- The Washington Times - Wednesday, November 29, 2017

Roy Moore has regained his footing in the Alabama special election for a seat in the U.S. Senate, according to a poll released Wednesday that showed the Republican has taken back the lead from Democrat Doug Jones.

Mr. Moore holds a 48 to 43 percent margin over Mr. Jones in a JMC Analytics and Polling survey after trailing the Democrat by a 42 to 46 percent margin earlier this month.

The survey of likely households found that undecided voters are leaning toward Mr. Moore, a former Alabama Supreme Court chief justice, after leaning toward Mr. Jones, a former U.S. attorney, and that men and evangelical Christian voters are coming back to Mr. Moore.

“There are three main takeaways from this poll: (1) Roy Moore has regained the lead he lost in the last poll, as partisan preferences have reasserted themselves, (2) similarly, Republicans have regained their plurality lead on the generic ballot test, and (3) sexual misconduct allegations against Moore have not materially impacted the race,” the poll analysis said.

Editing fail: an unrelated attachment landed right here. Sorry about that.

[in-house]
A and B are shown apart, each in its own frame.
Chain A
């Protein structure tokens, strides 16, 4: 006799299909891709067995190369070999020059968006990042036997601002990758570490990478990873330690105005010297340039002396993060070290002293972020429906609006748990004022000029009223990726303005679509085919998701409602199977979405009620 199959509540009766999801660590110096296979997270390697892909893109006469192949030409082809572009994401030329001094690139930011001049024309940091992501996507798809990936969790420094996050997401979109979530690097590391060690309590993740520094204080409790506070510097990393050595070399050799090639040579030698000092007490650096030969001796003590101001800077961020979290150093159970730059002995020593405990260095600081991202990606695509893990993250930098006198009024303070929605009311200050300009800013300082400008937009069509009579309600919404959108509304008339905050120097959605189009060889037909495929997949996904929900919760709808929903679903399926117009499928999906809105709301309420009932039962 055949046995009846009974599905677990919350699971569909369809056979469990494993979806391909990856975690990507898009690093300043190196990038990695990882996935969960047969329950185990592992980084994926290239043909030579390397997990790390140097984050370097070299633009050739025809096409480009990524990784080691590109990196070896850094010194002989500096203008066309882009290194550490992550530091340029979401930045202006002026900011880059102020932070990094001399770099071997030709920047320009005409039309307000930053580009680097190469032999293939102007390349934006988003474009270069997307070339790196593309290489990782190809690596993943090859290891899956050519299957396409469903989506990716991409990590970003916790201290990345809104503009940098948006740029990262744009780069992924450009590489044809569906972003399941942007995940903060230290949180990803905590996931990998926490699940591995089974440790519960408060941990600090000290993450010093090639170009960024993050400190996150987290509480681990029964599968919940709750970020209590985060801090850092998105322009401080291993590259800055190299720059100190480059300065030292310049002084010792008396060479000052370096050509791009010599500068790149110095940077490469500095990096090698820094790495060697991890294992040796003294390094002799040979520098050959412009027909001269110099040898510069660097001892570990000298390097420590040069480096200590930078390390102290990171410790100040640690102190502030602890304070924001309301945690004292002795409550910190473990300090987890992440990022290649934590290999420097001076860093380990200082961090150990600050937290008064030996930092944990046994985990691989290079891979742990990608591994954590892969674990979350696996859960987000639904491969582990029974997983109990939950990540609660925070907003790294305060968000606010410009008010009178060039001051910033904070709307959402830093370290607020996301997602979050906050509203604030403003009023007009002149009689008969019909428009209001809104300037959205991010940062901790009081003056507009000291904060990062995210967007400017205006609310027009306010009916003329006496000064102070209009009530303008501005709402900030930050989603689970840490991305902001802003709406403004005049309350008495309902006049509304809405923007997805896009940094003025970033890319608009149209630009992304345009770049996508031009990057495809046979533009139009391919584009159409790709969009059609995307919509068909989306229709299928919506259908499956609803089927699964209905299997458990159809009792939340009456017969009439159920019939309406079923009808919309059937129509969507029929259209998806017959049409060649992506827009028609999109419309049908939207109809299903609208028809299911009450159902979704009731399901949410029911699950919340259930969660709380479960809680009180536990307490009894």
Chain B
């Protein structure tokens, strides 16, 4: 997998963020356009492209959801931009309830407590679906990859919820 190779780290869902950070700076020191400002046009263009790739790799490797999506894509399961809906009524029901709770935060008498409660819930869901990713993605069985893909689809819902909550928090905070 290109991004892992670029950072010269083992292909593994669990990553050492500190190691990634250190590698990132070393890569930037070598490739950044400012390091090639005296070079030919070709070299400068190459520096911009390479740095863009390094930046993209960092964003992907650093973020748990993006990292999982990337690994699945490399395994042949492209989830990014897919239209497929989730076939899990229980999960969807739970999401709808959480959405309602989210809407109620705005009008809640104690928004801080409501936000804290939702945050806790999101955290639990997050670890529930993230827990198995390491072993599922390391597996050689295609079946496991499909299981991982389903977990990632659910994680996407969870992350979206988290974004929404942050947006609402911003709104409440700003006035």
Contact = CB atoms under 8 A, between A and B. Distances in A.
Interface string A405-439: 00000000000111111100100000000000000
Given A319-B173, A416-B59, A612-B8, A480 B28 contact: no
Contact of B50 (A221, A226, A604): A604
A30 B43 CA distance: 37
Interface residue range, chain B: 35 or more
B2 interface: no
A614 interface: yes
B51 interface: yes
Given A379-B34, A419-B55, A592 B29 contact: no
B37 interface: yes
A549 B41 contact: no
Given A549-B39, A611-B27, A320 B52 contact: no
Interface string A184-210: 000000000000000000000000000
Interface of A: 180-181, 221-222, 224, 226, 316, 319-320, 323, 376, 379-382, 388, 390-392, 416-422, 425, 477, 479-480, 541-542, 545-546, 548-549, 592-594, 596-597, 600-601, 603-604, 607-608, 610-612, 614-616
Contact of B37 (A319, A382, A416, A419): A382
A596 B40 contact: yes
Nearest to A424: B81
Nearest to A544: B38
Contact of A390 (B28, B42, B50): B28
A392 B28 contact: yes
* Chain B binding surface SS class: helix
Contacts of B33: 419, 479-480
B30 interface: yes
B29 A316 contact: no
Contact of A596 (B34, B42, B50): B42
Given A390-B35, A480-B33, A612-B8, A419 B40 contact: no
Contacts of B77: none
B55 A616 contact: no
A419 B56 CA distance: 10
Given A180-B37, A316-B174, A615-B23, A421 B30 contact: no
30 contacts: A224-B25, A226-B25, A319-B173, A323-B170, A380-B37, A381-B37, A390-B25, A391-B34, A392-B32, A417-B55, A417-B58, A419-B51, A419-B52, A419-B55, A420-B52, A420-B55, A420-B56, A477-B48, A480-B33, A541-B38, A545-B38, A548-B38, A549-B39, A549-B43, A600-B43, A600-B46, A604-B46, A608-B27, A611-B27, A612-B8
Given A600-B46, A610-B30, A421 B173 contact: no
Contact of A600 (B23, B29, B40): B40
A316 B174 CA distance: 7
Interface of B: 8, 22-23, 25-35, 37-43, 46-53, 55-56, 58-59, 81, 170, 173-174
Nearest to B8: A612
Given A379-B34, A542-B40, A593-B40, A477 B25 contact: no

Allegations of sexual misconduct against Mr. Moore shook up the race this month, boosting the hopes of Democrats, who are eager to score their first statewide win in Alabama since 2008 and to cut into the GOP’s slim Senate majority.

The survey showed that 29 percent of voters were more likely to vote for Mr. Moore in the wake of the allegations compared to 38 percent who said they are more likely to vote against him.

Voters head to the polls on Dec. 12.

The poll carried a margin of error of plus or minus 3.8 percent.

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